Despite its freedom and wealth, the United States is one of the least happy industrialized nations in the world due to differences of values and priorities

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The United States as a whole has clean water, an abundance of food and is one of the most industrialized and advanced societies.  With these privileges in mind, why is it ranked number 17 on the World Happiness Index, below nations that are run by corrupt governments such as Mexico and monarchies like United Arab Emirates?  Generally, this is due to the fact that America’s priorities and our society are vastly different than the majority of Scandinavian Countries.  Scandinavian citizens lead different lives supported by universal health care provided by their government.  U.S. citizens adore and glorify material items to the point of feeling despair when they are denied these “necessary” luxuries.  With that being said, the nation can no longer achieve “The American Dream” with the large, unequal distribution of wealth that was brought to the public’s eye via the Occupy Wall Street movement.  The health care in the U.S. is inadequate compared to the universal health care in Denmark, providing citizens with available resources to cope with any mental conditions such as depression or anxiety that decrease their serotonin levels.

In accordance with their priorities, American individuals spent an average of only 6 percent of their income on food in 2007.  However, the total amount in 2008 spent on furniture, air travel, car services, technology, clothing and restaurants was $981 billion, which is the amount South Korea makes as a whole in a single year.  The most important matters of interest for our nation are warped with excessive advertising and the idea that wealth equates happiness.  Consequently, people spend the vast majority of their time working and feeling that they cannot prioritize other aspects of life such as family and relaxation.  While wealth can bring security, in reality it cannot truly create a sense of self worth.  Ironically, Denmark, which only has .6 percent less unemployment than the U.S., is ranked first on the World Happiness Index.  The primary concerns of citizens in the U.S. have shifted from having a strong family bond, a meaningful job and community service to always wanting the newest gadget, nicest car or biggest house.  Although these so-called necessities are expensive, their prices do not include a lifetime of happiness.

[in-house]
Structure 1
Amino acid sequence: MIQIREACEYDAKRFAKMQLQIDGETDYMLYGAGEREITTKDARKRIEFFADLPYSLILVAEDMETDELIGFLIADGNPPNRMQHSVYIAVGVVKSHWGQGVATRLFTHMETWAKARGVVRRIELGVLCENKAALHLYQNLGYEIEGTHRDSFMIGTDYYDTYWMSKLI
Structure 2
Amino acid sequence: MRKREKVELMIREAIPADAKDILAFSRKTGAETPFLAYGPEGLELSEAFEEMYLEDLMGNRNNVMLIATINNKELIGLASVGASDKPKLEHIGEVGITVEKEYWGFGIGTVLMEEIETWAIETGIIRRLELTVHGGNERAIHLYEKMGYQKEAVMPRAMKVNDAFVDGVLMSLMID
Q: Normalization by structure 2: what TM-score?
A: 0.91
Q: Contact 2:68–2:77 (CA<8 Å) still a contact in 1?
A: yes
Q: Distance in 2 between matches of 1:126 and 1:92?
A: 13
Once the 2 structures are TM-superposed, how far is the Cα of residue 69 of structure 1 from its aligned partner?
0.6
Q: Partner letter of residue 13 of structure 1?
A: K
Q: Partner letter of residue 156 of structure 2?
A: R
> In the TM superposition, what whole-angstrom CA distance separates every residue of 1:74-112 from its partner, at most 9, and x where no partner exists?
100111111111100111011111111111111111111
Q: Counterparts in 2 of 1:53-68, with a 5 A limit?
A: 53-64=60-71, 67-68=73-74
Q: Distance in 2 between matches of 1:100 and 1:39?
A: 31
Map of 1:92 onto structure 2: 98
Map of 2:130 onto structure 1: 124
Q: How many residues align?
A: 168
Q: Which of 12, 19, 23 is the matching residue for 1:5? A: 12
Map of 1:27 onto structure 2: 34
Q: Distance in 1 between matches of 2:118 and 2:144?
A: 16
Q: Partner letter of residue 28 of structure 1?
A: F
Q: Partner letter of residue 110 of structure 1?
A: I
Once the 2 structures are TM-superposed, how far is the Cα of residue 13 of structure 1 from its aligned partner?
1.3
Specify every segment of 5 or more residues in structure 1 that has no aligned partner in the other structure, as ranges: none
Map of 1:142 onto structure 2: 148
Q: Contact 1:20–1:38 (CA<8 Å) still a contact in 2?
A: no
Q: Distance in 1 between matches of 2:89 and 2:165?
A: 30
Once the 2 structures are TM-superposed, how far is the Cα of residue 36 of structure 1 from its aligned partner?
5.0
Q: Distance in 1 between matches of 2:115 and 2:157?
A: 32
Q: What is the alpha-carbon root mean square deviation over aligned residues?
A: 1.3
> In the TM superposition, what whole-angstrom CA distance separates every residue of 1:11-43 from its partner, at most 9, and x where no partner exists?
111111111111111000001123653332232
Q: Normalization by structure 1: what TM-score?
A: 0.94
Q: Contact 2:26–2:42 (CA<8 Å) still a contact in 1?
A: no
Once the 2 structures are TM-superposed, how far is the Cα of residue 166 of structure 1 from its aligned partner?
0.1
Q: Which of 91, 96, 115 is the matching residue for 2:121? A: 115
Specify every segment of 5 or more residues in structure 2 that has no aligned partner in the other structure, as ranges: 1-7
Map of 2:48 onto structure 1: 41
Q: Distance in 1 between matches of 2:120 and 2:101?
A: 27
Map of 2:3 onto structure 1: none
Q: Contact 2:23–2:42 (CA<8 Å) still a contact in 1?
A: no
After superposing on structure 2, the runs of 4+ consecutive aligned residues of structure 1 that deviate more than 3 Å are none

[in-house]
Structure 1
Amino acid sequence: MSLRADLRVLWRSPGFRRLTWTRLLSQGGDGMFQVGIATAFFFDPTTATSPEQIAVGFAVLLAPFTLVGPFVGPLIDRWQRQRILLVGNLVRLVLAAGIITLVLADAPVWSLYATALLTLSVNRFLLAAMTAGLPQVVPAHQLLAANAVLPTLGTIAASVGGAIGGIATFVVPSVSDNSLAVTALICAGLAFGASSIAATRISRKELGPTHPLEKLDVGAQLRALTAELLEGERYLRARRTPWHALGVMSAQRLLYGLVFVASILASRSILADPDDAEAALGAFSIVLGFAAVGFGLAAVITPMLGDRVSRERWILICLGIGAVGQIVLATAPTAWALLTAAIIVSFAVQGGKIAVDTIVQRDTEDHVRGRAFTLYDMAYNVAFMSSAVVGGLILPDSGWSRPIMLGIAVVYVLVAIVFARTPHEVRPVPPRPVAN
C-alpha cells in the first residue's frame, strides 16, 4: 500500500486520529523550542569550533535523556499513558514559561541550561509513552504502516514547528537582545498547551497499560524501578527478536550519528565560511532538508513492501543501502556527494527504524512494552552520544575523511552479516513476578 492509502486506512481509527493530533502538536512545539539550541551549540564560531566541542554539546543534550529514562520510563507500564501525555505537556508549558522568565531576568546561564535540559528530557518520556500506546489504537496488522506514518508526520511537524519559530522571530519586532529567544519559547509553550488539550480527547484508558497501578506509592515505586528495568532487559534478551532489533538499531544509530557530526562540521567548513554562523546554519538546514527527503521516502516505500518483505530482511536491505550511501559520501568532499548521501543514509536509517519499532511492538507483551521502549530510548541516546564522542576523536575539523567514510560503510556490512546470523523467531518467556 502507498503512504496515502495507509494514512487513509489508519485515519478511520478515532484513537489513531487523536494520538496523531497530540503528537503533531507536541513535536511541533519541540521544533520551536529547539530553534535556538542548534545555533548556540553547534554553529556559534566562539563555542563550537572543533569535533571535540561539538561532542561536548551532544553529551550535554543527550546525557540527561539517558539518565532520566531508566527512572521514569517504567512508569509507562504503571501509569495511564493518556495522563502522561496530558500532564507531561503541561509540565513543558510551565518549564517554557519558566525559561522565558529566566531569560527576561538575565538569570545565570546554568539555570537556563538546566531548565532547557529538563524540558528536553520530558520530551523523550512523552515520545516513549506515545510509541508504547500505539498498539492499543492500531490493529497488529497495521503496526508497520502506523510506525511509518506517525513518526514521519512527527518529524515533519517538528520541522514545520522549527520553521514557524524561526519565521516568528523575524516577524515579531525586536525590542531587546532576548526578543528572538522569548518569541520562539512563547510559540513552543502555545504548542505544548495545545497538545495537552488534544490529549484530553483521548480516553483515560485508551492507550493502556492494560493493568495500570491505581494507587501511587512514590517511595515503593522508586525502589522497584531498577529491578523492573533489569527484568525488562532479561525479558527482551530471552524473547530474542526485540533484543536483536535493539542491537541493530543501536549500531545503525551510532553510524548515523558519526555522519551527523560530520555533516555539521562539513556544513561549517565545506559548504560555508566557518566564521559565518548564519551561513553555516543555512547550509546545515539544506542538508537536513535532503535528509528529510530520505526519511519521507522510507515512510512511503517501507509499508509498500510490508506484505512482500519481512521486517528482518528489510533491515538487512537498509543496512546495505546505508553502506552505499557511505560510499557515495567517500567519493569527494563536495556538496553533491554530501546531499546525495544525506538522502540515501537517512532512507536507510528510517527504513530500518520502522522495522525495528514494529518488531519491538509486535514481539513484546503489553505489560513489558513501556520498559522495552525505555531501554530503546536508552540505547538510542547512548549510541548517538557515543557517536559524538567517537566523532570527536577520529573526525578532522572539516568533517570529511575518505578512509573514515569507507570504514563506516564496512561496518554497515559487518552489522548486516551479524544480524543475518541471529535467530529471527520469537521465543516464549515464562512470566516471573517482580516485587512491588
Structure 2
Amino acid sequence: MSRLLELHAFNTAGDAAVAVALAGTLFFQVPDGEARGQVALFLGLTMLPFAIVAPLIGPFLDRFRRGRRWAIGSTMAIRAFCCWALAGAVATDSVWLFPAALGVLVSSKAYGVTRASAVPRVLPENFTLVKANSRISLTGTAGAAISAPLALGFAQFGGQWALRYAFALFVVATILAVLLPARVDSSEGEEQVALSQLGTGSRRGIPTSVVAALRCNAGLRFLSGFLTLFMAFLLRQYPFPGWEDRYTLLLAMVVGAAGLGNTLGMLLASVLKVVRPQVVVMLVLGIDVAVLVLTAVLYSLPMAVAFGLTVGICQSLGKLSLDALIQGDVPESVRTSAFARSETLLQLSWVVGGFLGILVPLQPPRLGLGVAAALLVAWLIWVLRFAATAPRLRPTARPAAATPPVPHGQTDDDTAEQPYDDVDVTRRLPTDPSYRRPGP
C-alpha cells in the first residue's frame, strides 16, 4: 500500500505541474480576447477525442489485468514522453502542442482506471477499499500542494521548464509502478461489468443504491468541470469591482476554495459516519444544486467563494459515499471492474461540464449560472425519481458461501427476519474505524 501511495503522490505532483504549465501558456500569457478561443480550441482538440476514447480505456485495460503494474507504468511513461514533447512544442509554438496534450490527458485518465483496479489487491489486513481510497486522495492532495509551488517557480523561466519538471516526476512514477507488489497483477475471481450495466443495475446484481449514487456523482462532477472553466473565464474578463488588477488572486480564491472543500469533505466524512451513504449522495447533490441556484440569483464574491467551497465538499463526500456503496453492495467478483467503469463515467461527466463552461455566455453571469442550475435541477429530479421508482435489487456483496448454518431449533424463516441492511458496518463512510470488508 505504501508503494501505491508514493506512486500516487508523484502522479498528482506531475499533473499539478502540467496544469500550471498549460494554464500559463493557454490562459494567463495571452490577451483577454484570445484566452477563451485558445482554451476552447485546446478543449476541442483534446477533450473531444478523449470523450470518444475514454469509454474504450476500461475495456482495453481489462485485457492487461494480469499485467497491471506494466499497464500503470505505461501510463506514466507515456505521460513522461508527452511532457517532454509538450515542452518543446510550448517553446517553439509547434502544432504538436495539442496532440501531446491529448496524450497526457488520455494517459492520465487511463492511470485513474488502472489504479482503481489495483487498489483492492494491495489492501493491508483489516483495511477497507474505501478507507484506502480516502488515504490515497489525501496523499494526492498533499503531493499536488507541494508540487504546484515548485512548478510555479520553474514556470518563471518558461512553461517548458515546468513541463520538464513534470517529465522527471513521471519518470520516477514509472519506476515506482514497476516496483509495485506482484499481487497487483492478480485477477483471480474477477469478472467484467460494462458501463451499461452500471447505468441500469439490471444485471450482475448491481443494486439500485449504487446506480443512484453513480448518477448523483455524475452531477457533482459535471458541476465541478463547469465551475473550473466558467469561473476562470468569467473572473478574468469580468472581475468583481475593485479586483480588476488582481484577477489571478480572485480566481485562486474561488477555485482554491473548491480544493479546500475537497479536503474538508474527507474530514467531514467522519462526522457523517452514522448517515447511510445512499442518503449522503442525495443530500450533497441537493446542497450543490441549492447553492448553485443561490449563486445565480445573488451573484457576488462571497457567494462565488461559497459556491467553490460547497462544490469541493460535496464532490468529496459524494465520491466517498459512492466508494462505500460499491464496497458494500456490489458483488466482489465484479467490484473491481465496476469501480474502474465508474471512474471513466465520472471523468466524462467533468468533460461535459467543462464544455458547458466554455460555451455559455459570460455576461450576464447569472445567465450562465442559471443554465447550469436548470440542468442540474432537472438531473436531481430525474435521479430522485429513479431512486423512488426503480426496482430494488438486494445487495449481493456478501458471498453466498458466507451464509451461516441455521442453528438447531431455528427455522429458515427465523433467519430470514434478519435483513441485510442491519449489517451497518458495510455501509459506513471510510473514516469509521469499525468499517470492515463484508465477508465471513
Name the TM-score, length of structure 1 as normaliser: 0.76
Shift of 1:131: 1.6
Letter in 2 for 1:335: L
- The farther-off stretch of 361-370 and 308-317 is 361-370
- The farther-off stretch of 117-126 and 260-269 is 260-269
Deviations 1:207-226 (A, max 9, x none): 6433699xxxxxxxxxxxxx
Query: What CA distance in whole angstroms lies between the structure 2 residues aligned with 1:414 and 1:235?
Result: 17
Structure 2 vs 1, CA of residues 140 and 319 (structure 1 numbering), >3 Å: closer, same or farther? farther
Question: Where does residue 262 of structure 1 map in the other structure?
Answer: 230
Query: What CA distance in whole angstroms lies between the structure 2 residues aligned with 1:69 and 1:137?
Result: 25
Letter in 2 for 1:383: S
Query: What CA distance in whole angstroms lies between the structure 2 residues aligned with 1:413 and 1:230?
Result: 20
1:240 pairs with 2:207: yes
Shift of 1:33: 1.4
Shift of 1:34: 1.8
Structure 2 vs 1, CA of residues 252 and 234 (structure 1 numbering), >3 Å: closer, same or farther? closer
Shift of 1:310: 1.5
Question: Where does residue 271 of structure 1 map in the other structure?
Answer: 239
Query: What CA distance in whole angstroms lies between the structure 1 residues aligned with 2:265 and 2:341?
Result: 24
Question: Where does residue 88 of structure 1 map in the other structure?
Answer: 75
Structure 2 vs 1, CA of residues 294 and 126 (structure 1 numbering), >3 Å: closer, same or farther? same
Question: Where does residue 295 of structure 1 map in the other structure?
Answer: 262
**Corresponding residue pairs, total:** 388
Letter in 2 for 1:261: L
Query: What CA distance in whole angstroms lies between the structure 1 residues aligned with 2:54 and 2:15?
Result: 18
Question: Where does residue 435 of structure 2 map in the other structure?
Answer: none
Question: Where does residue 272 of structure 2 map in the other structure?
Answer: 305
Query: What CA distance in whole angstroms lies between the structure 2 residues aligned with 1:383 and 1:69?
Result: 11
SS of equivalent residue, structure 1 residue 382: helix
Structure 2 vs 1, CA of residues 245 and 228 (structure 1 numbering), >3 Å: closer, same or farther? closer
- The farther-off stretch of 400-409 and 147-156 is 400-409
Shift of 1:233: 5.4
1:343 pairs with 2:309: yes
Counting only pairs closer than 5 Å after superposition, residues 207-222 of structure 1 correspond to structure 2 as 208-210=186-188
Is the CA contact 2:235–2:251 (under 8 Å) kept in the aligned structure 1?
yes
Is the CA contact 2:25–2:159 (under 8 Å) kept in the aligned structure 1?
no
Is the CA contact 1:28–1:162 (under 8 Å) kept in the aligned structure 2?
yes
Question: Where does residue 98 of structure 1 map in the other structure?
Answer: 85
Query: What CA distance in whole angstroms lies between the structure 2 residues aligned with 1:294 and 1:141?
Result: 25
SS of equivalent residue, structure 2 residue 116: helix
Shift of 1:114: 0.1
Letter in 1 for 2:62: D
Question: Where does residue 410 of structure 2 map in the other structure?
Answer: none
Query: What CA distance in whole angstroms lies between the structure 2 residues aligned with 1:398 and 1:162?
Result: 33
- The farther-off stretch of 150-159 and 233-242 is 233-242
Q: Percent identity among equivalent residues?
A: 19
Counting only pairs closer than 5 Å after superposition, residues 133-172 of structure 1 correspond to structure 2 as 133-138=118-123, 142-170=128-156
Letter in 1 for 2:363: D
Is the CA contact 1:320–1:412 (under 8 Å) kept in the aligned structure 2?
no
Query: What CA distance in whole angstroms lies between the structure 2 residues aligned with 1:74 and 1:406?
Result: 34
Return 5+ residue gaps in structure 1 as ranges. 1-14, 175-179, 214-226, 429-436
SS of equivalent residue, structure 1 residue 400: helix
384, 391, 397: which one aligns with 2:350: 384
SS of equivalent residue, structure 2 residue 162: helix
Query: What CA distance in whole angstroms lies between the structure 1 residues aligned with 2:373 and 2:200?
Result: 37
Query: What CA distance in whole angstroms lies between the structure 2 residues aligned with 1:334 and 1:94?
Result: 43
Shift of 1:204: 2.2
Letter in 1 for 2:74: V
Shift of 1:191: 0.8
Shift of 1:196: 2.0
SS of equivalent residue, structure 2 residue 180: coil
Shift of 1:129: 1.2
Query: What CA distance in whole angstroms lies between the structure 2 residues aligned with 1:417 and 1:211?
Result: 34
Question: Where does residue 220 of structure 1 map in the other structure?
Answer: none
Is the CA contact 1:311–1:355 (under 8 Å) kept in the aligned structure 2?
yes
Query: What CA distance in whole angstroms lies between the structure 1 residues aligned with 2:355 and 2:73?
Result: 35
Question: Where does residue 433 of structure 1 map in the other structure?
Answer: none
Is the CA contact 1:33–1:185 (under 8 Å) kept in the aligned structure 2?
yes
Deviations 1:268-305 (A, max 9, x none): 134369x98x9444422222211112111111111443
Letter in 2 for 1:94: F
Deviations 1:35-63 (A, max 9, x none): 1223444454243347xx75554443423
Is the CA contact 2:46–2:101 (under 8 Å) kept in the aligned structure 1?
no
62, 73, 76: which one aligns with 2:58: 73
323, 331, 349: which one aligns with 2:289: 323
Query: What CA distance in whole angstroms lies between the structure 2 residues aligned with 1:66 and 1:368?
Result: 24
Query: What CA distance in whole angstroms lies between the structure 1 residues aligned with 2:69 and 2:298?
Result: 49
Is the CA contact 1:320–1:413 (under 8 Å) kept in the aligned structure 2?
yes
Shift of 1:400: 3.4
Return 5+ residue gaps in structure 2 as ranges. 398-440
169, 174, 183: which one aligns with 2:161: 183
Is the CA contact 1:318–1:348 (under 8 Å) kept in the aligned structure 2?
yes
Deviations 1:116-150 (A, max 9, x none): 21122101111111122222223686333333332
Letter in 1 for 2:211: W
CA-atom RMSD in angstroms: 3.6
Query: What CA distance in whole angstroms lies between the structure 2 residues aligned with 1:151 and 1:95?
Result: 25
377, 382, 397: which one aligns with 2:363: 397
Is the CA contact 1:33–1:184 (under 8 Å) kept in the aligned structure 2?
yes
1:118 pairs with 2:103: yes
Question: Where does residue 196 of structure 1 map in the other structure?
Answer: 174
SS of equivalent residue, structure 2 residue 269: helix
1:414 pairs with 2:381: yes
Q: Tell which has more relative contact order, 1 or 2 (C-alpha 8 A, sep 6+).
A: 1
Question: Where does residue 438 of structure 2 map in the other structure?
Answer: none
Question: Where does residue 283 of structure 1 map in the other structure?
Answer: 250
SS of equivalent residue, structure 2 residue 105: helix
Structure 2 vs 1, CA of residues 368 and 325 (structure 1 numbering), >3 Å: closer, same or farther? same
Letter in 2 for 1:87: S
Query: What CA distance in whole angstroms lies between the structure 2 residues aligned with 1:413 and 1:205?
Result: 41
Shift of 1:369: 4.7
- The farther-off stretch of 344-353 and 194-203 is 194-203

“I believe that a big issue is the fact that American students have lost interest in their education, and prioritize less important things, like social media,” said sophomore Grace Papish.

There has always been a large gap between the middle and upper classes in America.  Due to this class gap and unequal distribution of wealth, Americans are no longer content with their pay.  One percent of Americans have 40 percent of the U.S. annual income, hence the Occupy Wall Street movement; a movement in which people who are outraged stand up to represent the 99 percent.  80 percent of the nation only has seven percent of the nation’s wealth.  Along with that, on average, women receive less than eight percent when compared to men’s earnings.  This could be a large cause of the stress that people feel when talking about their annual wages.

The health care cost of the average American was 18 percent of the average citizen’s budget in 2007.  Although this was before the Affordable Healthcare Act, every citizen is not yet covered under the plan.  As the name proves, the health care will be cheaper but not free.  With proper health care, citizens can make routine visits to a psychiatrist or get medication if they are struggling with a mental illness.

Despite being so advanced, the U.S. is far behind in their ability to maintain happiness.  Whether it be health care, unequal pay or our mixed up priorities, the U.S. should be happier than struggling third world countries.  Due to the fact that America has almost everything it could ask for, a lot of citizens are losing their gratitude.

 

 

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